Skills to Develop
- Explain why it is important to build peak bone mass when you are young.
- Identify the tests used to measure bone mass.
Although the symptoms of osteoporosis do not occur until old age, osteoporosis is referred to as a childhood disease with old-age consequences. Thus, preventing osteoporosis in old age begins with building strong bones when you are growing. Remember, the more bone mass a person has to start with, the greater the loss a person can withstand without developing osteopenia or osteoporosis. Growing and maintaining healthy bones requires good nutrition, adequate intake of minerals and vitamins that are involved in maintaining bone health, and weight-bearing exercise.
Figure 9.8.1: An exercise group engages in a weight-bearing activity, which is a primary way to prevent osteoporosis. © Shutterstock
Actions taken to avoid developing a disease before it starts are considered primary prevention. Primary prevention of osteoporosis begins early on in life. About one-half of mineralized bone is built during puberty and the requirements for calcium intake are higher at this time than at other times in life. Unfortunately, calcium intake in boys and girls during adolescence is usually below the recommended intake of 1,300 milligrams per day. To combat inadequate nutrition and physical inactivity in adolescents, the US Department of Health and Human Services launched the Best Bones Forever!™ campaign in 2009.US Department of Health and Human Services. Best Bones Forever! Last updated September 2009. www.bestbonesforever.gov/index.cfm This campaign is focused on promoting bone health, especially in girls, and reducing the incidence of osteoporosis in women.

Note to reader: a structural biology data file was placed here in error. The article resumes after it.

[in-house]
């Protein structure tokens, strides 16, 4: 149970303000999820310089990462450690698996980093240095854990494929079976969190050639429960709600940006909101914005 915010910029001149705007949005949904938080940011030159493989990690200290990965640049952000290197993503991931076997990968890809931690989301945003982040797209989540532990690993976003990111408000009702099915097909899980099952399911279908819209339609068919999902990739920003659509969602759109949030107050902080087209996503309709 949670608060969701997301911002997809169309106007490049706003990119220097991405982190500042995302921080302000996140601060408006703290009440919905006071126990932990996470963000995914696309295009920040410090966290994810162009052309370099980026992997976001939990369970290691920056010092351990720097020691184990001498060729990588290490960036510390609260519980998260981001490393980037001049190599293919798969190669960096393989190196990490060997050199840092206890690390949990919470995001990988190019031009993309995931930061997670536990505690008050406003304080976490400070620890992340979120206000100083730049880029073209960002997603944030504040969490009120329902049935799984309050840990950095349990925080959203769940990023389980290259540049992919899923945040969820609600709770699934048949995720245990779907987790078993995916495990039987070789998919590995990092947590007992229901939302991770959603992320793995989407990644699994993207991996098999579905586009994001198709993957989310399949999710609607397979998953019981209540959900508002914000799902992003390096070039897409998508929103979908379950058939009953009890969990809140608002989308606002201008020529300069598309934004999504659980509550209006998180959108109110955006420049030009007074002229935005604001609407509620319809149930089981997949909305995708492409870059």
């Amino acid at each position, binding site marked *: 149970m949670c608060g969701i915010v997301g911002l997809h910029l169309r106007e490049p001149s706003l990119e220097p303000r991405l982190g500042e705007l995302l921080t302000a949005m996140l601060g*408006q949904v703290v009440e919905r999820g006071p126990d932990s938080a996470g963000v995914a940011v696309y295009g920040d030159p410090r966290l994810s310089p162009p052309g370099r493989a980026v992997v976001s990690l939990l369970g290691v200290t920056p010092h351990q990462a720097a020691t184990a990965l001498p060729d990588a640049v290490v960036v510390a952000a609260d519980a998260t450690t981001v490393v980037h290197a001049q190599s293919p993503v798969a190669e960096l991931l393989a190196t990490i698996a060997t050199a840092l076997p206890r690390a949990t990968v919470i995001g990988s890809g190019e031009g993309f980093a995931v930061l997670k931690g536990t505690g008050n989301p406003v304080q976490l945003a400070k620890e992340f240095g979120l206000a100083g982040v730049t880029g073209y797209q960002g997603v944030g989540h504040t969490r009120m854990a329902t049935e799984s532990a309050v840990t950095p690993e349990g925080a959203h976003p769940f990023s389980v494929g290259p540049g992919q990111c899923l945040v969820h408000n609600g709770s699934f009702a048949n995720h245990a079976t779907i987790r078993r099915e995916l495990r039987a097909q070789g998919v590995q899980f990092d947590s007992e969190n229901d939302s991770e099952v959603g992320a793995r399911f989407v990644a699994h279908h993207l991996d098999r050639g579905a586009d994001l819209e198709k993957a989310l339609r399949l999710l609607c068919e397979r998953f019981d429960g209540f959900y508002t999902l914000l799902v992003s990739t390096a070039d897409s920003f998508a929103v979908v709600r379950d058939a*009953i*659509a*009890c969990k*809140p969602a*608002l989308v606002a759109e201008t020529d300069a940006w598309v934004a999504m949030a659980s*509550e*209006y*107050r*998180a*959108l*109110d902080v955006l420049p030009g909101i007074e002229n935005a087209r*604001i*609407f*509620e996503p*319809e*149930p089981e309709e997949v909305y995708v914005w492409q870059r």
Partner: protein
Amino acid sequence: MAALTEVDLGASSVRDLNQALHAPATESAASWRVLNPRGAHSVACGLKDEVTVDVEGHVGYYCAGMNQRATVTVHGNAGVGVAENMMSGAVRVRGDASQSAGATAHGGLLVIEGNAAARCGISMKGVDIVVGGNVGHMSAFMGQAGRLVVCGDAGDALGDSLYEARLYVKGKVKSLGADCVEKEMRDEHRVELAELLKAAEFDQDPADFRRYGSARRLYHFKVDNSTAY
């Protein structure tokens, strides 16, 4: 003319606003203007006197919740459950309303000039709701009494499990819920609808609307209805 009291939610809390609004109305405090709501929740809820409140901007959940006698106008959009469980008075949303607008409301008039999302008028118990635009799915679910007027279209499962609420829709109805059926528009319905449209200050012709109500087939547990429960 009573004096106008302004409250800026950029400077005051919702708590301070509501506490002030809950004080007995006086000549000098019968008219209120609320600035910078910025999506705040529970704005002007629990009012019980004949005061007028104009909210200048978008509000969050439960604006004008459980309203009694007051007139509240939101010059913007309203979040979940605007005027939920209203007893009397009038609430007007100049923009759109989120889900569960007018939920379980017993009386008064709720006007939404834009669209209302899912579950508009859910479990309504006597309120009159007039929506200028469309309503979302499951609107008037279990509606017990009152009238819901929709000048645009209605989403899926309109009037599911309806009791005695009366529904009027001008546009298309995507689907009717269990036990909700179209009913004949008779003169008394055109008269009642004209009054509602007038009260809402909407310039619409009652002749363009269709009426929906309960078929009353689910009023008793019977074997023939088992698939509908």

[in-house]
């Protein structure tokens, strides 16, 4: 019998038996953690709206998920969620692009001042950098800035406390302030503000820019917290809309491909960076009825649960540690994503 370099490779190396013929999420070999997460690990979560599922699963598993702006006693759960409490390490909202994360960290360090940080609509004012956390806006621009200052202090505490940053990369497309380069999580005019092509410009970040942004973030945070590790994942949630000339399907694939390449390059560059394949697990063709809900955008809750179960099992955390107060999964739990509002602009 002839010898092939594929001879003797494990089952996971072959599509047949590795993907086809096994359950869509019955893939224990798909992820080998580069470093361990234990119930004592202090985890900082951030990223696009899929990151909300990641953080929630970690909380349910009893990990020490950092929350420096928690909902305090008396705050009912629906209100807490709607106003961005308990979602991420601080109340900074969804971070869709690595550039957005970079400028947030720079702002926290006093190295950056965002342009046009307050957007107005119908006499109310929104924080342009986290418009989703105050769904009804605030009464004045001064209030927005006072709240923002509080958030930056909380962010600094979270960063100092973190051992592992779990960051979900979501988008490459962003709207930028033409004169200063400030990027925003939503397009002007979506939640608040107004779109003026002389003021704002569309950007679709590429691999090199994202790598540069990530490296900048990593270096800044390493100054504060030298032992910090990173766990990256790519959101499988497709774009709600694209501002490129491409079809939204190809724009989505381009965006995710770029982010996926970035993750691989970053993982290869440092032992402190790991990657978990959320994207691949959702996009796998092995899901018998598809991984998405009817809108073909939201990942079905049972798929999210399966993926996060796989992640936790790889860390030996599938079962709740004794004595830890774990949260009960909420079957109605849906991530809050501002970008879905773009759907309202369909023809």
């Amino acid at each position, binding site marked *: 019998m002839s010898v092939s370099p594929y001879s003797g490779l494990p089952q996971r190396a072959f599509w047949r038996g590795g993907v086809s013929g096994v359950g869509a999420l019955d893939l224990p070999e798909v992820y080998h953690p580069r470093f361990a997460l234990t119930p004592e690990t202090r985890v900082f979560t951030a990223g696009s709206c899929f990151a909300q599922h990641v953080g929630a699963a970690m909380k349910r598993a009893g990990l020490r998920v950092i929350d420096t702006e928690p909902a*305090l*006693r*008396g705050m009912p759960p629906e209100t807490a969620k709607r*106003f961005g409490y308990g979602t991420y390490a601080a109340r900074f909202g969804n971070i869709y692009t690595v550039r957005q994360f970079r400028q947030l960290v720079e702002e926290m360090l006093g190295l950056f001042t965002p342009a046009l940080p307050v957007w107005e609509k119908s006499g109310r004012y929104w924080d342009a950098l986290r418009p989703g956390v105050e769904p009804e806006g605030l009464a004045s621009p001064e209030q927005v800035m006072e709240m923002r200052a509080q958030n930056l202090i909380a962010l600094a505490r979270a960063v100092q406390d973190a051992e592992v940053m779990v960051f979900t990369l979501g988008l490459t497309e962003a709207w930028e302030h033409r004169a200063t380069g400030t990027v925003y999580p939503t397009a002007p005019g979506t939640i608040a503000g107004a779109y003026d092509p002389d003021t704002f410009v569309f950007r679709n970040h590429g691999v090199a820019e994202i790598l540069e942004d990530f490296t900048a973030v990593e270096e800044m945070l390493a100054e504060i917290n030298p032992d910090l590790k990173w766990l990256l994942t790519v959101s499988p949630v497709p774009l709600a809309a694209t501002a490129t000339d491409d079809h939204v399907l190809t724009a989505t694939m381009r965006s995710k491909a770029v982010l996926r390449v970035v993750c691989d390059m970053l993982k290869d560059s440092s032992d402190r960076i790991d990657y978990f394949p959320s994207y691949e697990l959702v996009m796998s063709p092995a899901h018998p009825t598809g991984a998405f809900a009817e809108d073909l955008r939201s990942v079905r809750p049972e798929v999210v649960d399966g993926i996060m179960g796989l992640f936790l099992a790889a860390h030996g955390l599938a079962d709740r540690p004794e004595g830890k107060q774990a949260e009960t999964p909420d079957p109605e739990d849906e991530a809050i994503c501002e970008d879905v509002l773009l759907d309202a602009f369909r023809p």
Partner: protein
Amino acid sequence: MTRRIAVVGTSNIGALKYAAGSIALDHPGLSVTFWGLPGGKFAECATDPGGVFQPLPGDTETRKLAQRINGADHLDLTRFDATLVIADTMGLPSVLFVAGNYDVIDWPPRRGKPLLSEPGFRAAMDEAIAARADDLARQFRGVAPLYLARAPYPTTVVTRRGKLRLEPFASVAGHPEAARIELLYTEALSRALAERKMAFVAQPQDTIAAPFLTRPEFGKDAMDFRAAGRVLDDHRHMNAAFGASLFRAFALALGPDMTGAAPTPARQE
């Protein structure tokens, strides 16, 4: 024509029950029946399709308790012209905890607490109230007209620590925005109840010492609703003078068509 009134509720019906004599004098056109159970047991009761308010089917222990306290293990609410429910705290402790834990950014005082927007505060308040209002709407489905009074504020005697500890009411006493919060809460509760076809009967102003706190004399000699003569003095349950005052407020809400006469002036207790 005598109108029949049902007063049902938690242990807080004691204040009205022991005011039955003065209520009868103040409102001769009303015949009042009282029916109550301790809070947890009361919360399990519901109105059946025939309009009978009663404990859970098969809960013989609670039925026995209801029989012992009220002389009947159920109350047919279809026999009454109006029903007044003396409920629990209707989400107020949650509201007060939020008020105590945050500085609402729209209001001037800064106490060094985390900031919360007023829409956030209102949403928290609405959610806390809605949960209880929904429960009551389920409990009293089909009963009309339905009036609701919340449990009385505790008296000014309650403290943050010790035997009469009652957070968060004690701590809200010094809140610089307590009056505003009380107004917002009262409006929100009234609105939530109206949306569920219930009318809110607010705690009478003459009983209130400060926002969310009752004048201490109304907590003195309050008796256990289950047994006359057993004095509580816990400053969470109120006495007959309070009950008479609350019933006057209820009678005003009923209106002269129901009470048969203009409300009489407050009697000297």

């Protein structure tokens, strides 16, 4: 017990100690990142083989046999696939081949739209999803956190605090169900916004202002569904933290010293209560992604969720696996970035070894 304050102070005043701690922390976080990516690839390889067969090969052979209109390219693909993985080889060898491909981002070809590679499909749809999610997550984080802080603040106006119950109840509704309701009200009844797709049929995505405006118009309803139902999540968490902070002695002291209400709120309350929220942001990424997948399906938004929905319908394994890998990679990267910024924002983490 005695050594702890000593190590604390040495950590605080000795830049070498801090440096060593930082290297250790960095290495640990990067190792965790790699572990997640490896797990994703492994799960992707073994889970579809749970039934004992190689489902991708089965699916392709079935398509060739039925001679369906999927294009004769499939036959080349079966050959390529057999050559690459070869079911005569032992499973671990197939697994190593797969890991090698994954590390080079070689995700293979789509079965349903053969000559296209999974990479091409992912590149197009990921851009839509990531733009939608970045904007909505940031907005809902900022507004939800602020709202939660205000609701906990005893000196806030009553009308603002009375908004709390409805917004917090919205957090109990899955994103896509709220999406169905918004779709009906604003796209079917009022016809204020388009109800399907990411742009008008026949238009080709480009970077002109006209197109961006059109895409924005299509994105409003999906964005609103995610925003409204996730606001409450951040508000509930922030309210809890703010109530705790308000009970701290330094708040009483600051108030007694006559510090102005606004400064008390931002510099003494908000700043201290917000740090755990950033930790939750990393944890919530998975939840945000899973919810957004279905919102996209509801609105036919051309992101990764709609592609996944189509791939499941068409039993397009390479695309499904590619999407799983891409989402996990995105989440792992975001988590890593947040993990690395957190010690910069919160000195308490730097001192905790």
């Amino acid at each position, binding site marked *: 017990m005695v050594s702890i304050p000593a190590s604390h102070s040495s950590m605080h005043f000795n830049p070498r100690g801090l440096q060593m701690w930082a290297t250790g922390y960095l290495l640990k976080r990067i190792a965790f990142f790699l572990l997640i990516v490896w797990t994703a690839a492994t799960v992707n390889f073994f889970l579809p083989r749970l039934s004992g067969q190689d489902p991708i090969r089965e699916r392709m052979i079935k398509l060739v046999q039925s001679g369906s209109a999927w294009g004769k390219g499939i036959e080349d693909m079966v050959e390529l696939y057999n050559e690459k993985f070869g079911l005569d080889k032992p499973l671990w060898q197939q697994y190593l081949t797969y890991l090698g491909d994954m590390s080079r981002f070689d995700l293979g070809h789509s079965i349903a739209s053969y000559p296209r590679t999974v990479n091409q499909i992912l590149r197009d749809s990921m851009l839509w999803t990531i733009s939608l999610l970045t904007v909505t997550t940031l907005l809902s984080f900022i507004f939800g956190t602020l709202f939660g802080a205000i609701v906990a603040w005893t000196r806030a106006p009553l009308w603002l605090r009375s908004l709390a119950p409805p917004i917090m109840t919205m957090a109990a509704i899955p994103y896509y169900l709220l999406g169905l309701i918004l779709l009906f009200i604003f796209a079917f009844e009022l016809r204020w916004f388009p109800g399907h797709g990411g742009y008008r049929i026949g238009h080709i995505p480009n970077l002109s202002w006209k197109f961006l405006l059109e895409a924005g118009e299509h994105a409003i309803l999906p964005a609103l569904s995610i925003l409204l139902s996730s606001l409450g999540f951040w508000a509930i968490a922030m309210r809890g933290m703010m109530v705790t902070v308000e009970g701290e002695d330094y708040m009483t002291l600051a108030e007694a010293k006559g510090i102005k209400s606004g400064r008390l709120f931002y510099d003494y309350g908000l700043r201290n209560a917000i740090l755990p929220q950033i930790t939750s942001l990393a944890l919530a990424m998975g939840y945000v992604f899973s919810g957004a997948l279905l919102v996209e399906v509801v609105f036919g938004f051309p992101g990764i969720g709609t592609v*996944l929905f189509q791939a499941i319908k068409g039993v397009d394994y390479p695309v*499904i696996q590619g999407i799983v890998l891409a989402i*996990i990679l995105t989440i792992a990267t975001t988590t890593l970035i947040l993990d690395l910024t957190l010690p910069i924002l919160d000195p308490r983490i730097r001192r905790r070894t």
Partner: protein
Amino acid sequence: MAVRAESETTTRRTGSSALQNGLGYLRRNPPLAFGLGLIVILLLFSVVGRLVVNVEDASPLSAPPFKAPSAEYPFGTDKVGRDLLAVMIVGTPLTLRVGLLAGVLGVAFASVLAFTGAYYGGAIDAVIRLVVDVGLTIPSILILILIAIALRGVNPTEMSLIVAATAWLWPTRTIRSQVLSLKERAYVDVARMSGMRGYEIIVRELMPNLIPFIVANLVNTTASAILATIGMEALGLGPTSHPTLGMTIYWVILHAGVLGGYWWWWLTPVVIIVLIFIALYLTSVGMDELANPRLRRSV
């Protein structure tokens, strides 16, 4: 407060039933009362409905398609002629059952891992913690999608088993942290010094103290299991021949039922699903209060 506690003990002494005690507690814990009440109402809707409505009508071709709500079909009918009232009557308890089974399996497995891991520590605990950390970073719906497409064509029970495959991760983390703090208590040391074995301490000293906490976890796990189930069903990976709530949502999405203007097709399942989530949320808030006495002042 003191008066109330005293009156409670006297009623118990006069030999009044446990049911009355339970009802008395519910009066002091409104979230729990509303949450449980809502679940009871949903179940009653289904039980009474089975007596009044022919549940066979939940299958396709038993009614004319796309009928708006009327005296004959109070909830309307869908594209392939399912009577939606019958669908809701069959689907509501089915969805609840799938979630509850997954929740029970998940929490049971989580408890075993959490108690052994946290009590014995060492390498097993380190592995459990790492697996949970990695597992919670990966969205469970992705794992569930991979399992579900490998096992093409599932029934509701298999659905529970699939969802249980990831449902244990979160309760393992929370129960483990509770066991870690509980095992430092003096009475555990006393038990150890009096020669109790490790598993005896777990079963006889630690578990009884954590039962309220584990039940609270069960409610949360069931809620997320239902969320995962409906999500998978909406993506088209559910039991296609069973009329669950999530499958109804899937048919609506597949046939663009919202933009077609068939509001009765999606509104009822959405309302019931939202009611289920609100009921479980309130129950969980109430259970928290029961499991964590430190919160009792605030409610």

Interactive 9.8.1 Visit the Best Bones Forever!™ website.
An article in the October 2008 issue of Food and Nutrition Research concluded that there is extensive evidence that when girls and boys exercise they increase their peak bone mass and build a stronger skeleton. The greatest benefits to bone health were observed when exercise was combined with good nutrition.Karlsson, M. K., A. Nordqvist, and C. Karlsson. “Physical Activity Increases Bone Mass during Growth.” Food and Nutrition Research 52 (Published online October 1, 2008). doi: 10.3402/fnr.v52i0.1871 Because there is such a strong correlation between peak bone mass and a decreased risk of developing osteoporosis, the main thrust of organizations that promote bone health, such as the National Osteoporosis Foundation, is to provide information on how to increase skeletal health early on in life, particularly during the time period of peak bone growth, which is puberty.